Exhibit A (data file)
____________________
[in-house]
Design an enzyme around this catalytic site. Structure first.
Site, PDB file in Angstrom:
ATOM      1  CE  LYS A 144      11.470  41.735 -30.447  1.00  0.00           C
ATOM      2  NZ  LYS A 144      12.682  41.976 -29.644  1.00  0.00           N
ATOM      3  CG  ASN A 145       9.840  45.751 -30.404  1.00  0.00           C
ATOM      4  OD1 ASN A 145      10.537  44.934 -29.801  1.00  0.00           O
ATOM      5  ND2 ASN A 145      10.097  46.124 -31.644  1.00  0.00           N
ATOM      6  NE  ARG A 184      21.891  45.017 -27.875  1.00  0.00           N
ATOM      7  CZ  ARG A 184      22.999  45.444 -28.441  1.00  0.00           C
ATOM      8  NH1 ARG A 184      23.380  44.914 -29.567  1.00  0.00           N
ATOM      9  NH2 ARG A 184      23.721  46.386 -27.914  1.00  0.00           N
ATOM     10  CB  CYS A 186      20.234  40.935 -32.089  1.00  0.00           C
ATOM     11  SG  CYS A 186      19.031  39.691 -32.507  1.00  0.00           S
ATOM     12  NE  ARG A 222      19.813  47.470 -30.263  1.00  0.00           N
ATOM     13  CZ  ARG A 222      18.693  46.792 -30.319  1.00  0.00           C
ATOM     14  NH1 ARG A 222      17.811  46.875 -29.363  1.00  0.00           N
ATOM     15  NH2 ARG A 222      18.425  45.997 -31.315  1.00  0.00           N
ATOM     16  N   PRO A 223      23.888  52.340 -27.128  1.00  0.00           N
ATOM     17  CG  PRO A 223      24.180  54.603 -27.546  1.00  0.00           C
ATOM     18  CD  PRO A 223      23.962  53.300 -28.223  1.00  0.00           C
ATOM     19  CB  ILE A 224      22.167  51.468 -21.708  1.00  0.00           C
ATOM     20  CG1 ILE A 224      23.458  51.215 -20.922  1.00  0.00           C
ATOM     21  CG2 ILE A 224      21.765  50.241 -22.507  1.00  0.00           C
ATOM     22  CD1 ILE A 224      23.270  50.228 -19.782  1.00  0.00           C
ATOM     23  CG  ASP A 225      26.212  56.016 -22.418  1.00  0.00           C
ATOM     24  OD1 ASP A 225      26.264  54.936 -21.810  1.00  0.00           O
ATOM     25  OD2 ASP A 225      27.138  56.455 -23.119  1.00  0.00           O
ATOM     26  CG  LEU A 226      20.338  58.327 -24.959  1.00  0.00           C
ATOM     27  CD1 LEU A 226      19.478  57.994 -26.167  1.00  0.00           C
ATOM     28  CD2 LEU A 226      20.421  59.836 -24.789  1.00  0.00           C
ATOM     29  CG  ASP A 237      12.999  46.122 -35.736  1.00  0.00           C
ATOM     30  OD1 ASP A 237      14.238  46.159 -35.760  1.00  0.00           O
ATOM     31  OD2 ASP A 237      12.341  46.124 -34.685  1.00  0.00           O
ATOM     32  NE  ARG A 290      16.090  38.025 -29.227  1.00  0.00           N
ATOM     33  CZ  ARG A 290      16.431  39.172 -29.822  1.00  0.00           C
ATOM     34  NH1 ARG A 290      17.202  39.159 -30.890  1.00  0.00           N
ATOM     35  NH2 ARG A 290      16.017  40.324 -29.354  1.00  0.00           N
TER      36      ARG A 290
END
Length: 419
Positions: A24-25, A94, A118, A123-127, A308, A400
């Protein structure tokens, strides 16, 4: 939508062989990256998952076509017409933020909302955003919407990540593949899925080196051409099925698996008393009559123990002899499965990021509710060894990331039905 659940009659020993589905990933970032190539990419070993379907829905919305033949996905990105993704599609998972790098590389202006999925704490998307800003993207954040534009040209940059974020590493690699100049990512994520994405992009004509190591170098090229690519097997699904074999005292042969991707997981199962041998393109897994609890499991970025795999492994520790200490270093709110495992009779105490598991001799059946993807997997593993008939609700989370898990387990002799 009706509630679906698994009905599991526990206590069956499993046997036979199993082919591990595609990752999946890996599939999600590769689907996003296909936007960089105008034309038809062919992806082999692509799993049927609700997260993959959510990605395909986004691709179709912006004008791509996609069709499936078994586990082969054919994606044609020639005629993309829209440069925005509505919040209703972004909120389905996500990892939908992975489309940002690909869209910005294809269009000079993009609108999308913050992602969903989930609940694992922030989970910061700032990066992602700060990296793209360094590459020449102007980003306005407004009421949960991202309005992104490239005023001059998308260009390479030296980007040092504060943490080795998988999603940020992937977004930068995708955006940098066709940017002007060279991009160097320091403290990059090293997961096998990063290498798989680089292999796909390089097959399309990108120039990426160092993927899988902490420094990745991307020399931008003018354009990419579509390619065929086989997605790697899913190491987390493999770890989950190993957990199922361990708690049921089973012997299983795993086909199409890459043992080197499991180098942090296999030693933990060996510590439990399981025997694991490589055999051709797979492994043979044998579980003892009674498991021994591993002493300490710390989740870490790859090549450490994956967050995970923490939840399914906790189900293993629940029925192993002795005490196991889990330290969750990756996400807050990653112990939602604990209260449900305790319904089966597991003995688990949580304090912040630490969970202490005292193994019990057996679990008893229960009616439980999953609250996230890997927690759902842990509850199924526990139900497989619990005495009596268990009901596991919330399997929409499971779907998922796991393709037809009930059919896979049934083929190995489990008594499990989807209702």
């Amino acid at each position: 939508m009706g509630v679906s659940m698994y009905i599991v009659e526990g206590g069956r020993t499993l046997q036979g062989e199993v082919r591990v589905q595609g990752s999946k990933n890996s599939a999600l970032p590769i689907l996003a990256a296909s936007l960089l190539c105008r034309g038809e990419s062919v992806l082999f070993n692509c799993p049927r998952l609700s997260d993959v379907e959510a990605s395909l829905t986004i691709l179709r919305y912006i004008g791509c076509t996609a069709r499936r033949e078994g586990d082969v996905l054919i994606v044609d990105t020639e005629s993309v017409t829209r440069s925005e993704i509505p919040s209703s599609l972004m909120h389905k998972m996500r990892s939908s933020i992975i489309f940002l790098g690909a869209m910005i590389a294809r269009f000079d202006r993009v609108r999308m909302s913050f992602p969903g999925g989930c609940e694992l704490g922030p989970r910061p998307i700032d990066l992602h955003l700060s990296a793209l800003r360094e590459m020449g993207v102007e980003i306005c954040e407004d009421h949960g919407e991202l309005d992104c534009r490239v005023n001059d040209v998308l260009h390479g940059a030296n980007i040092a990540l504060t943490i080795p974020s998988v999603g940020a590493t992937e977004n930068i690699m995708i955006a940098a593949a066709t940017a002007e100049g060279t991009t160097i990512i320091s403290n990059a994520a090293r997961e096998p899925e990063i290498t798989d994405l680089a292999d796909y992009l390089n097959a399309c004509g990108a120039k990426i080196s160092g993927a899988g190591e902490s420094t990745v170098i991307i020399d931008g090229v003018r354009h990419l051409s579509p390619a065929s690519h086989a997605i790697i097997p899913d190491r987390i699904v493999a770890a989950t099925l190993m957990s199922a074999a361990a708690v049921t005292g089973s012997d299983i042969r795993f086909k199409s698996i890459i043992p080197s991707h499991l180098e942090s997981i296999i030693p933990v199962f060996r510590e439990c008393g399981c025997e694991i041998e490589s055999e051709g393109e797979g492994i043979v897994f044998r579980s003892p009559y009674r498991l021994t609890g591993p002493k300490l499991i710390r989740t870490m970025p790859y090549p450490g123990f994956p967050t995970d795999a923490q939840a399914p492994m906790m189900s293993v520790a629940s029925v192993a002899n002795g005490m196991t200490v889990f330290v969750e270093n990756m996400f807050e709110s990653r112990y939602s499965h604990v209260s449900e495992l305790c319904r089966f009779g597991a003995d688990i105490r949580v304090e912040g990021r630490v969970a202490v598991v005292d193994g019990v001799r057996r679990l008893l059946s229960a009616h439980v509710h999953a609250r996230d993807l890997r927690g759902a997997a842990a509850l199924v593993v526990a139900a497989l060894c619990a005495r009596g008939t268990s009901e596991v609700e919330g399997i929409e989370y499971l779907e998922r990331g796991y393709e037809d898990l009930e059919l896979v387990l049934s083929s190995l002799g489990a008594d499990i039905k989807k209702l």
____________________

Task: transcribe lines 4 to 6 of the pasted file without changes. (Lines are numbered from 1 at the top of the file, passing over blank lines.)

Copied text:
ATOM      1  CE  LYS A 144      11.470  41.735 -30.447  1.00  0.00           C
ATOM      2  NZ  LYS A 144      12.682  41.976 -29.644  1.00  0.00           N
ATOM      3  CG  ASN A 145       9.840  45.751 -30.404  1.00  0.00           C